The many important causes of hypernatremia (Fig 1) include nasogastric hyperalimentation, diabetic coma, acute renal failure, improper mixture of dialysis fluid, dehydration secondary to either fever or elevated ambient temperature, and diabetes insipidus ( S,n.y.d,e.LeLal 1987; E§l,e.v§ky,et,a/ 1996). In the elderly, hypernatremia is often associated with infirmity and inability to obtain water, leading to gradual desiccation ( SD,yder,et,a/ 1987). Diabetes insipidus is associated with hypernatremia only when the patient has impaired thirst or is unable to obtain water. A subgroup of patients often develop hypernatremia secondary to excessive administration of hypertonic NaCl or NaHCO3. Such patients are generally critically ill, and intravenous bicarbonate leads to a dangerously elevated plasma osmolality with infrequent survival. A similar outcome may be observed after inadvertent intravenous hypertonic NaCl for therapeutic abortion.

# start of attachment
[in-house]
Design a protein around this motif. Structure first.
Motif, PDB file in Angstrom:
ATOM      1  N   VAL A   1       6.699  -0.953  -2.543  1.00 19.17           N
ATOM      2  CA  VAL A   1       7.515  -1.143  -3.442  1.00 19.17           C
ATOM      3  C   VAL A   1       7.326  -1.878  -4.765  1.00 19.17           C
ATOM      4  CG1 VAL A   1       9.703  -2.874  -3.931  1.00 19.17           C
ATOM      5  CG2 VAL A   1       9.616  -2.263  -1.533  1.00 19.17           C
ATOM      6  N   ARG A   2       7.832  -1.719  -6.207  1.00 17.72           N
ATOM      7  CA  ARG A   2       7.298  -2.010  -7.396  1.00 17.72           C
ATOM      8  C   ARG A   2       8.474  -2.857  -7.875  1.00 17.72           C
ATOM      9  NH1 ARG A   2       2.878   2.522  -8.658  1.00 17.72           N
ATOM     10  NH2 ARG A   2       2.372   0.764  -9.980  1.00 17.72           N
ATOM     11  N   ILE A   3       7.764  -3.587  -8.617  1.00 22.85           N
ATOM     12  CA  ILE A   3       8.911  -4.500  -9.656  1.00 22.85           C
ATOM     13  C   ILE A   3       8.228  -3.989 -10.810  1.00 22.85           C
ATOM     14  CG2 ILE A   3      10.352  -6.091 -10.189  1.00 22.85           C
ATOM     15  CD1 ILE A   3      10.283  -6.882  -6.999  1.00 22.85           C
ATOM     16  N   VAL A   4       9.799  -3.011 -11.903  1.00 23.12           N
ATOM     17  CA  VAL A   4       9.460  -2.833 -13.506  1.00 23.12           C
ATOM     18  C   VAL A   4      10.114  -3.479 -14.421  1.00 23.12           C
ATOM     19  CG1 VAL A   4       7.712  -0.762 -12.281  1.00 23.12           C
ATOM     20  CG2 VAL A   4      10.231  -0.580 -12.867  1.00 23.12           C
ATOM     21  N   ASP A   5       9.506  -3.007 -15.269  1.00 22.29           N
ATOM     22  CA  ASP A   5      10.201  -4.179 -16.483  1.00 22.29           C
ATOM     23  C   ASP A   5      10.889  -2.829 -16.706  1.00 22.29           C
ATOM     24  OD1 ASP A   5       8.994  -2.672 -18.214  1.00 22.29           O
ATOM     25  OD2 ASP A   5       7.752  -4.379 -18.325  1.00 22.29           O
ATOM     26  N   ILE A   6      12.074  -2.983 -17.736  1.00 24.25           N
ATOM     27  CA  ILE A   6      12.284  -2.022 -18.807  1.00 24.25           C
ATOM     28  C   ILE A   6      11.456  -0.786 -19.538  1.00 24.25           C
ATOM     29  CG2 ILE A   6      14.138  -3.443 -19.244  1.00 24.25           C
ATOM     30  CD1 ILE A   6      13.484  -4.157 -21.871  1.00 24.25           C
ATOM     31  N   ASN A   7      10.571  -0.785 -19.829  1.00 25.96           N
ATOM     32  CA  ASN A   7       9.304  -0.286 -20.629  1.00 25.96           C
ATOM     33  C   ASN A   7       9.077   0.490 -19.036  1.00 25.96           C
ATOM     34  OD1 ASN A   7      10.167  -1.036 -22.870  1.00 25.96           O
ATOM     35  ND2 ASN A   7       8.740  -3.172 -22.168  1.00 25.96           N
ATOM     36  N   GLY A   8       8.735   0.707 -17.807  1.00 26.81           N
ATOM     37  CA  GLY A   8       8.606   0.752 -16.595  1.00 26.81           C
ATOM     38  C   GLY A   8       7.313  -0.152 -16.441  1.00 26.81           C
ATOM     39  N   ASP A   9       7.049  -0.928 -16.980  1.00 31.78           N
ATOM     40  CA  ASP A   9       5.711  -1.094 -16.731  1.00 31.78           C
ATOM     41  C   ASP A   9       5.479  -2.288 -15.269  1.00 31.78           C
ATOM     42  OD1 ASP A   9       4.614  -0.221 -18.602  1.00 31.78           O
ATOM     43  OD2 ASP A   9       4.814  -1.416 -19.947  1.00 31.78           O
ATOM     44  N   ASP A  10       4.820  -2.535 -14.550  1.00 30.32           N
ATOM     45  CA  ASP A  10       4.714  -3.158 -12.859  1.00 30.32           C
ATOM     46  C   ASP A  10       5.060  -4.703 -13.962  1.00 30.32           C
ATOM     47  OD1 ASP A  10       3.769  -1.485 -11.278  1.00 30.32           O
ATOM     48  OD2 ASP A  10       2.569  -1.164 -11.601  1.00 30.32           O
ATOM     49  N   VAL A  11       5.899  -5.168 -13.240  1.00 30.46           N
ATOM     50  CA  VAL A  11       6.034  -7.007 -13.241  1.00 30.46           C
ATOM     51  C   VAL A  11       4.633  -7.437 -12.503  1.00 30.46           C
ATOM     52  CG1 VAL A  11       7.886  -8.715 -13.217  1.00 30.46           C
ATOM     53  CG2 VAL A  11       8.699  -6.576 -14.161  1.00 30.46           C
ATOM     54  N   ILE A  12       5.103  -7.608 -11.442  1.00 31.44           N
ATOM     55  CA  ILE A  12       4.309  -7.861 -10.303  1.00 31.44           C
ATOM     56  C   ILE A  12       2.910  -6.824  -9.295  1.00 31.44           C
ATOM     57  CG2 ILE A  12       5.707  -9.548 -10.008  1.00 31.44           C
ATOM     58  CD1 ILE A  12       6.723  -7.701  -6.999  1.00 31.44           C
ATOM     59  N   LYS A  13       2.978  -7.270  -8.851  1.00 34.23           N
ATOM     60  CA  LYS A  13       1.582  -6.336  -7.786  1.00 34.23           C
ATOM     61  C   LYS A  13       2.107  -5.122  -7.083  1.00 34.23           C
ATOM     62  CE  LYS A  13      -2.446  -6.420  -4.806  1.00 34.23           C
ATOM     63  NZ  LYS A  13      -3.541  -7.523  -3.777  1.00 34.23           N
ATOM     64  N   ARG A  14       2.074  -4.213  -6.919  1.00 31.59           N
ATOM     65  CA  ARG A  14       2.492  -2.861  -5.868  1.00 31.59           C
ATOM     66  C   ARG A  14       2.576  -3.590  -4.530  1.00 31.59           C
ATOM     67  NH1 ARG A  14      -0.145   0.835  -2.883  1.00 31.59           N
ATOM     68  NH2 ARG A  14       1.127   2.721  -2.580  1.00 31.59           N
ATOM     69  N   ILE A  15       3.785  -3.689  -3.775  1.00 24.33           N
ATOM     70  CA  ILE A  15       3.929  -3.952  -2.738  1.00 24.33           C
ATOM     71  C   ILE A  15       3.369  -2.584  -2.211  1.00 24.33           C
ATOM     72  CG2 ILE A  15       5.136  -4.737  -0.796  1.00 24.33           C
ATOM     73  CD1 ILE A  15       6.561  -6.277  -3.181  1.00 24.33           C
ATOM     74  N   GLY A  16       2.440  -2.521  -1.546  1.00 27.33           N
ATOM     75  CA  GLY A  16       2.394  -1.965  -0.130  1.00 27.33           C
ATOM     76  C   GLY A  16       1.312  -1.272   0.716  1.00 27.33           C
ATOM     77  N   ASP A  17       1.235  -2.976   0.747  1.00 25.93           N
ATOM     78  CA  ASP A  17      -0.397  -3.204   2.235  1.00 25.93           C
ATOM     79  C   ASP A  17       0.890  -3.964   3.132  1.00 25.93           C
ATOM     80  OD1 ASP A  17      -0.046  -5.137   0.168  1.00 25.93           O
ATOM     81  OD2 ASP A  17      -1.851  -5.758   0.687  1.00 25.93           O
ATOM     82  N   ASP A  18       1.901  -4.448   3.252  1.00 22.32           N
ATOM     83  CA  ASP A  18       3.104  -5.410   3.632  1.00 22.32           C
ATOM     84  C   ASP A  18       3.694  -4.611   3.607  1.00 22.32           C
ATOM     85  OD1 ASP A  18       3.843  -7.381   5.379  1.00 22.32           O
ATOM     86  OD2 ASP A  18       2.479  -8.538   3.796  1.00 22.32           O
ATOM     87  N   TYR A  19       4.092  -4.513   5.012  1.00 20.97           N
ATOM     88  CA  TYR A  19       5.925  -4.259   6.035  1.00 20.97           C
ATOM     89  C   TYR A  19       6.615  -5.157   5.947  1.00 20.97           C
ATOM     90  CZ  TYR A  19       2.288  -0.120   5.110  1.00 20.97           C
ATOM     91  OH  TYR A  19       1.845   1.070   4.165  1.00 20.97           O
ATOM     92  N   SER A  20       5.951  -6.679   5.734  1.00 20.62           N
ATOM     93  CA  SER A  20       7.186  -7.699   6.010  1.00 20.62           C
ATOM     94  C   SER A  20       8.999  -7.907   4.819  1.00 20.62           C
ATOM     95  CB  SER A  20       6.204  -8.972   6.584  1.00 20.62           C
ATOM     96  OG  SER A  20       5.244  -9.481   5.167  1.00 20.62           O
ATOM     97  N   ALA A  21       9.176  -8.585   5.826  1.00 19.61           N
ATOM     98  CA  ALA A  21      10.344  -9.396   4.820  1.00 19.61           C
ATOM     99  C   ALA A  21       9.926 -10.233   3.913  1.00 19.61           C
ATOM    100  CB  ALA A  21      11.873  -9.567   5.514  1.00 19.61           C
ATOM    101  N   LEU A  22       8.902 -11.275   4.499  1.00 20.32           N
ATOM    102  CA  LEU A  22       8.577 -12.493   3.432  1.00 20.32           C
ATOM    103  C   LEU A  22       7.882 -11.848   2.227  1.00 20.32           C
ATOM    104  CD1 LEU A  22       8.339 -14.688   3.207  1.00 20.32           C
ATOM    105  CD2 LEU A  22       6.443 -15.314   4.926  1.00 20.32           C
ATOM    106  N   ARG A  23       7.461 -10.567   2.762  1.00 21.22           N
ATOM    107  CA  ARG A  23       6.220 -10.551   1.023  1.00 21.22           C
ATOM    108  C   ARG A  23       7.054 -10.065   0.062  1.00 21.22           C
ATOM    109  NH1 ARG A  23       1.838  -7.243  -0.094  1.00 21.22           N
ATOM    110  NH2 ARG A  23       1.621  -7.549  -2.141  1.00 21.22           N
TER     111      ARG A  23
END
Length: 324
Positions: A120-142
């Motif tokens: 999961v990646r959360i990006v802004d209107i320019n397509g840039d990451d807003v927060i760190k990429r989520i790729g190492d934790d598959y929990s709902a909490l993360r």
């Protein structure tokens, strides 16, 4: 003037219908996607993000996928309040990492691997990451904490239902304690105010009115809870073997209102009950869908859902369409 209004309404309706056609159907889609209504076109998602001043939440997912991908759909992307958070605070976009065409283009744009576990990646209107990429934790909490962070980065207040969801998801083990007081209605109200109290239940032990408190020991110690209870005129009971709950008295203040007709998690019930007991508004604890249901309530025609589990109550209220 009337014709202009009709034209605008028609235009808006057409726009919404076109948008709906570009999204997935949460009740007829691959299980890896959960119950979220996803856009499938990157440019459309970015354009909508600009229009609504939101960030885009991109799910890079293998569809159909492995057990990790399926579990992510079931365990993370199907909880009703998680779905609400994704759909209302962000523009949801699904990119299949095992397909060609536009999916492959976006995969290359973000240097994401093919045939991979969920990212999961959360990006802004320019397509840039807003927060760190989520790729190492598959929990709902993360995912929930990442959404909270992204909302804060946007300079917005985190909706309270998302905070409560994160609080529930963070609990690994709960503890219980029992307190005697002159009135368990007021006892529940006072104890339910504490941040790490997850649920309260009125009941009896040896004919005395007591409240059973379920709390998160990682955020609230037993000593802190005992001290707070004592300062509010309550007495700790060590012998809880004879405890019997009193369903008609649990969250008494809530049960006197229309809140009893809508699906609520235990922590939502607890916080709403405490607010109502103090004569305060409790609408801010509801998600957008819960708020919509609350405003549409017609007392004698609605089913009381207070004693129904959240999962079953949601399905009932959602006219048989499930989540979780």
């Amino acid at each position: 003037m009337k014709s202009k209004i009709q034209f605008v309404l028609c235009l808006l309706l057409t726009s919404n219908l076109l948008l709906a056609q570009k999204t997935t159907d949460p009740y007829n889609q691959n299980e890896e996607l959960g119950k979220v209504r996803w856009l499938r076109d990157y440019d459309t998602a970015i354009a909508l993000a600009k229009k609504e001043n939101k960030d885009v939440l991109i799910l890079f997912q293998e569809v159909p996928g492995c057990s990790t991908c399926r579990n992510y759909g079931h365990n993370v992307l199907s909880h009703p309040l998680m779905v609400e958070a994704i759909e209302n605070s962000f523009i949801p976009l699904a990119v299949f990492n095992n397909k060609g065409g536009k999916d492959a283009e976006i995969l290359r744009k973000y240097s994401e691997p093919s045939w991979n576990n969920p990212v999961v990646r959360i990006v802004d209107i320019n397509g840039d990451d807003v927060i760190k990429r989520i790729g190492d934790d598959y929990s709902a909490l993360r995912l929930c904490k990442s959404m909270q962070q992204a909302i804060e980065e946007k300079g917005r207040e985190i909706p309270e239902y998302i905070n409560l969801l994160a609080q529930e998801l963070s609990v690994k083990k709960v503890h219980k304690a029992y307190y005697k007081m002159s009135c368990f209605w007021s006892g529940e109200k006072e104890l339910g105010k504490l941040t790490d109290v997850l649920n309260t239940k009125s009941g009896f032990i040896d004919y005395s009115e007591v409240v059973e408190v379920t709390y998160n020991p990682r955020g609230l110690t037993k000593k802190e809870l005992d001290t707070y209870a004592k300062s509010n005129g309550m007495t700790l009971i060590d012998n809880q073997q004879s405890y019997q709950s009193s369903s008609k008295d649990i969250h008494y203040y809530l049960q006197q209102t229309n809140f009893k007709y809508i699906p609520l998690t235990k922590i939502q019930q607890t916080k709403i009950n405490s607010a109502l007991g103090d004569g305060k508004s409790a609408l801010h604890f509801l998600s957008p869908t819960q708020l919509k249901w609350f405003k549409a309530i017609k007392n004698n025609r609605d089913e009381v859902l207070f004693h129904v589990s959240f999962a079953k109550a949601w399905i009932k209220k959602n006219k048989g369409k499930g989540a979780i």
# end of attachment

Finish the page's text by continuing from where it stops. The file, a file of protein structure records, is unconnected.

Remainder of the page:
Fig. 1 The major causes of hypernatremia in a geriatric hospital population. About two-thirds of all cases are due to surgery, infirmity, febrile illness, or diabetes mellitus. (Data from Snyde_ref_a/ (1987).)
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